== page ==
By Fred Pletsch –
The NHL needs a safety net of common sense to ensure the integrity of the on-ice administration of the game.
As an exercise in predictability before their post-game comments, I pre-selected one word for each coach to use (‘breaks’ for Mike Babcock and ‘embarrassing’ for Darryl Sutter) following Detroit’s shootout win against Los Angeles on Jan. 18th at the Joe. A bizarre sequence near the end of regulation time resulted in Niklas Kronwall’s game-tying goal that rolled down Jonathan Quick’s back and into the net after a slapshot deflected off a stick and the puck sprung back into play from the protective netting at least 10 feet above the glass. None of the four on-ice officials saw what happened and even though executives working the league’s situation room in Toronto witnessed the egregious oversight, they couldn’t get involved because, under NHL rules, the play was not subject to video review.
Babcock – “We got a good break and got rewarded for it. The referees didn’t see it. But as you know, you get breaks against you lots, we’ve had some called back this year, and this was a break we got.”
Sutter – “That’s embarrassing for the league. It doesn’t matter if we had scored it or they had scored it. That’s embarrassing.”
It is time-honored, post-game chatter in these situations whereby the beneficiary (Detroit) always seems to be owed a well-deserved break while the aggrieved party (Los Angeles) knows redress is impossible under the rulebook, and also knows there’s immunity from calling the situation embarrassing because, well, that’s exactly what it is.
There is a reason that the NHL Official Rules book is 224 pages, the NCAA Rules and Interpretations book is 163 pages and USA Hockey’s Official Rules of Ice Hockey and Casebook is 404 pages. No single document can ever begin to anticipate all of the scenarios and situations that can possibly present themselves when a dozen men skating 30 mph are chasing and shooting a six-ounce piece of rubber at speeds of up to 100 mph. They are, by nature, ever-expanding documents whose content is driven by, among other considerations, player safety (hybrid icing), equipment (shallower nets and smaller goalie gear), entertainment (shootouts and elimination of the red line) and reactionary measures dictated by the type of events that transpired on Jan. 18.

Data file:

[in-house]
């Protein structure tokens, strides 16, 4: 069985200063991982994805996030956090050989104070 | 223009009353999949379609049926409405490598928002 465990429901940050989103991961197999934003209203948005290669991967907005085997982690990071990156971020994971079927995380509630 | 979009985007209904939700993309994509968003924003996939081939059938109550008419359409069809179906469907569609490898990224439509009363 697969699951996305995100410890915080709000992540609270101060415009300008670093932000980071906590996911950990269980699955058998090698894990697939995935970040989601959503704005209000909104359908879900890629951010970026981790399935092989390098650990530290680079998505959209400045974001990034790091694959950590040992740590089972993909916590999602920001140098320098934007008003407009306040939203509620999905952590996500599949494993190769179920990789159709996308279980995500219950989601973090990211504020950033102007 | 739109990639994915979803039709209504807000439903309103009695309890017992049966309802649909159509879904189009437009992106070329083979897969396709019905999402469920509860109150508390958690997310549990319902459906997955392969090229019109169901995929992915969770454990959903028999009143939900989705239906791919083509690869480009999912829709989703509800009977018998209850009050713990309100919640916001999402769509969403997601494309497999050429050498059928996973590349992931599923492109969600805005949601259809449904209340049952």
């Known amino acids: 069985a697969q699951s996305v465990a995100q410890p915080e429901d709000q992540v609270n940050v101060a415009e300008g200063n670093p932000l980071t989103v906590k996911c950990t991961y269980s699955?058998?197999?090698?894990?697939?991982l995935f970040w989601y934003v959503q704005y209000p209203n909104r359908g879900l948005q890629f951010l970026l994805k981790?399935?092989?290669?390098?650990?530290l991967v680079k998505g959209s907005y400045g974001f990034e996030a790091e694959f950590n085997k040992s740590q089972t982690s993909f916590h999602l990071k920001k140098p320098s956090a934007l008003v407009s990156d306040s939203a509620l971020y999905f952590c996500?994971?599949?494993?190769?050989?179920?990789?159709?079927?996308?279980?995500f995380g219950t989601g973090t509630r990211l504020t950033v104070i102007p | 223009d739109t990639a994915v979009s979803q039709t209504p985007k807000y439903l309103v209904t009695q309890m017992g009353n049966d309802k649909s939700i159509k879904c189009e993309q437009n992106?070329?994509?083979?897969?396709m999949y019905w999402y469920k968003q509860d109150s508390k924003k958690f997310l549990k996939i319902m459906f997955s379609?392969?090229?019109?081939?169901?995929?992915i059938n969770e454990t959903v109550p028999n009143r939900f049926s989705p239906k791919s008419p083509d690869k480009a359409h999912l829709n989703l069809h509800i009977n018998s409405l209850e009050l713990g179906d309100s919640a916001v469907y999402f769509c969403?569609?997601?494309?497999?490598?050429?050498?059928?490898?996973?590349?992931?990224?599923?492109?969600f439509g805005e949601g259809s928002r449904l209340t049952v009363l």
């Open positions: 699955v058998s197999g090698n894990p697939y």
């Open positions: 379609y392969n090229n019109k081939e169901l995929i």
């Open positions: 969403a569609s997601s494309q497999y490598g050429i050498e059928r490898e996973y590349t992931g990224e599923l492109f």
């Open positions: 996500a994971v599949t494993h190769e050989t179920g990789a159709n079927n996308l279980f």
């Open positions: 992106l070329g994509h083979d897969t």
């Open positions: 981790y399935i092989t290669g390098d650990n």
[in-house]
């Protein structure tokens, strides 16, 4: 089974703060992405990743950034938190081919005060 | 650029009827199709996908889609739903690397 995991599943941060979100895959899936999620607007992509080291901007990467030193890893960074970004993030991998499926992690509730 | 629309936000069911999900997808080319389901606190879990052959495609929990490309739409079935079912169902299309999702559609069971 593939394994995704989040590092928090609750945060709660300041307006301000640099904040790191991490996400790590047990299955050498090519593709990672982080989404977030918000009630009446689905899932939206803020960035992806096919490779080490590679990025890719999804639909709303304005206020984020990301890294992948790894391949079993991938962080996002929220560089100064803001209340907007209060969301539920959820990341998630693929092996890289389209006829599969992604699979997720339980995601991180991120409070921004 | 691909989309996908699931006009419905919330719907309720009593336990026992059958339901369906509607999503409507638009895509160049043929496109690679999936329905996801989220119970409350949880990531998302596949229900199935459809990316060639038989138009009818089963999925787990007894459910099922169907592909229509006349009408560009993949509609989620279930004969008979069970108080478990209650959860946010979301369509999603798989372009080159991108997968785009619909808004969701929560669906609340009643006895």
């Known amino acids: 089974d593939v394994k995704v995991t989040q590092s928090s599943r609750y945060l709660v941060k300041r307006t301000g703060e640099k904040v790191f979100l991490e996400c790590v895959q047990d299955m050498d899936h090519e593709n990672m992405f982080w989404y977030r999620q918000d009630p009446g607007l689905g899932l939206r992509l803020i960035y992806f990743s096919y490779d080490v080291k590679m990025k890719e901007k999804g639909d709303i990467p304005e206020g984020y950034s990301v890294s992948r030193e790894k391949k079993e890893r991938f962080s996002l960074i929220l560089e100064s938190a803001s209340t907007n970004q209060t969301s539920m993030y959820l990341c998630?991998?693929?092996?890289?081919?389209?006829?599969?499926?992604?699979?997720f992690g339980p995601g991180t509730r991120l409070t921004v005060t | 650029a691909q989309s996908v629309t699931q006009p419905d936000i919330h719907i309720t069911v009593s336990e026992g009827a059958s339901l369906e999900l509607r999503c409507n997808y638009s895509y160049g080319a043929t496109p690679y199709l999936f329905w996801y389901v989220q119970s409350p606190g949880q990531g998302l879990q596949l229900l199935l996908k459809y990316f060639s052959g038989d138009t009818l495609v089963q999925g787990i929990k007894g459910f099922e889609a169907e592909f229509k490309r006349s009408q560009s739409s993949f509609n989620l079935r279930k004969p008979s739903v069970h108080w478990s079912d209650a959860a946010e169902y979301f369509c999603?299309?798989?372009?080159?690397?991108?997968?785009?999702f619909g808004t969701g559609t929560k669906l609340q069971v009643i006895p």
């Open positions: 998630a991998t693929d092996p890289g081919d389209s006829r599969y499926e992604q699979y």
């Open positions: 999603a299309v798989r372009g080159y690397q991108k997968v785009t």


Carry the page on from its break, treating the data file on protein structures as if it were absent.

An NHL game stops for video review to determine whether a player deserves a penalty for shooting the puck directly out of play, but a coach doesn’t get a single chance to question the sequence that leads directly to a goal? This doesn’t seem right if we all agree that the purpose of video review is to make the right call.
NCAA rules allow for video review “to determine if a goal was scored, as a direct result of the puck deflecting off of the protective netting above the glass.” They also allow a team to use its timeout to make referees review situations covered by video replay criteria.
Of course, video review can only rectify situations governed by the league’s criteria and a Kings coach’s challenge would’ve been rebuffed anyway. Some simple language referencing use of a coach’s challenge ‘to correct an obvious or undetected error’ would suffice to cover every conceivable, and inconceivable, situation (pucks off netting, too many players on the ice, extra puck thrown into play, etc., etc., etc.)
Who knows, maybe after a review that resulted in the correct no-goal call, the Red Wings score off of the ensuing faceoff anyway?
As the French philosopher Voltaire noted, “Common sense is not so common.” The coach’s challenge originally proposed by Florida general manager Dale Tallon makes more sense with each bewildering NHL moment.
Twitter – @PletscHockey